Great article! You address a lot of issues that mainstream culture doesn’t. I do question the claim, however, that because 85% of domestic abuse victims are women, we should focus almost entirely on women who experience abuse. Can one statistic really give us a comprehensive picture?

The CDC found that men are half of the victims of emotional abuse and minor physical violence (slapping, shoving). But the gender gap grows as violence becomes more severe. Overall, 1 in 4 women and 1 in 10 men have experienced domestic abuse, making men more than a quarter of the victims. The DOJ, however, says that 85% of victims are female because male victims are far less likely to report the abuse to law enforcement.

Men are also almost 4 out of 5 suicides, but we don’t argue that we therefore should focus suicide prevention almost entirely on men. The problem with such a zero sum approach would be obvious. Yet, this is exactly how society approaches domestic abuse. I believe that all victims of domestic abuse matter, regardless of sex. But I understand that this statement is “problematic” because it runs counter to left wing/intersectional gender ideology.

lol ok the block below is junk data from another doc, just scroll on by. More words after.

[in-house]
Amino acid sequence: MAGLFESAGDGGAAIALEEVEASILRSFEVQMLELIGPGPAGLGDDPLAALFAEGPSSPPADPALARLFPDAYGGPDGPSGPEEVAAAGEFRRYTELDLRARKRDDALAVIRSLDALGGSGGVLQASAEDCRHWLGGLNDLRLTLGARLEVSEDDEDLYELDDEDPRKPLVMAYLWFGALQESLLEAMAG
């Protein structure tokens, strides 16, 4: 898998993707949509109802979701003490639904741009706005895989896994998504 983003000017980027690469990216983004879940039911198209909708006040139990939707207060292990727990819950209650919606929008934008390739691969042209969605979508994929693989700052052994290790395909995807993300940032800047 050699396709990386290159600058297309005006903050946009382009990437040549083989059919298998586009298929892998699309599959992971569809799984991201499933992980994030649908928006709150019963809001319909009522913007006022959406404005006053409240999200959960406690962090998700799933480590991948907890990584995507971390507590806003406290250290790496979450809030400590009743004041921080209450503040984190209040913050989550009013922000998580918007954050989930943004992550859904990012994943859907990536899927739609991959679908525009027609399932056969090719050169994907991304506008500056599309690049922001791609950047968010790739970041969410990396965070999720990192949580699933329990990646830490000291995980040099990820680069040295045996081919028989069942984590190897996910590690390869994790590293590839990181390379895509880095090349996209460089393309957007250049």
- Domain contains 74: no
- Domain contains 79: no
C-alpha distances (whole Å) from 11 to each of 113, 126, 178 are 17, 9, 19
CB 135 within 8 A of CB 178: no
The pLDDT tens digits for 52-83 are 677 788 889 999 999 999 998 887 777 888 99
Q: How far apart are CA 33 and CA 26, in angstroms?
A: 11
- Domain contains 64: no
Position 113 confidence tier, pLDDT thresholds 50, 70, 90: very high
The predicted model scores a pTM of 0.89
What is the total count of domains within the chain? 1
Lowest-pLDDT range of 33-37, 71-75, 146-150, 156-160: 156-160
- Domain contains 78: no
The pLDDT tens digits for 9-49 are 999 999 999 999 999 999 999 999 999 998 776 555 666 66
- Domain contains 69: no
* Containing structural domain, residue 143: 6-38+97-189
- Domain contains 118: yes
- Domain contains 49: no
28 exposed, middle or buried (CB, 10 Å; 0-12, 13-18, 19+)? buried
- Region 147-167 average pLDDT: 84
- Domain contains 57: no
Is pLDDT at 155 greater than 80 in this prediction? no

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Amen to this! I lived with domestic abuse for 26 years. Why? I tried to be a good Catholic Christian. Catholics marry for life, and the only advise I got from priests was to try harder to please my husband, calm him when he is stressed. In other words, be a better wife. I can tell you from experience that spousal abuse affects the children in too many ways to go into here, but the one that bothers me the most is the bad example I gave my kids. I have 3 daughters and a son. They all married spouses who abuse. Fortunately they have remarried, but everyone left Church to try and fix their lives. Two have returned. One wants to return, but has not received help from the Church to do so. The 4th wants nothing to do with the Church. This is one of the reasons why the Church has lost members. It is not the only reason granted, but abuse plays a bigger part than priests, deacons and religious understand. I don't blame them entirely for they have not, as this article points out, received proper training in the issue of abuse. They don't understand it. If a spouse is violent, they usually get it and help. However, mental and emotional abuse, verbable abuse and sexual abuse is not understood at all!!!!

I apologize that this comment is long (it could be much longer, trust me!), but this is a huge issue that affects not just the immediate family, but the whole Church!!!

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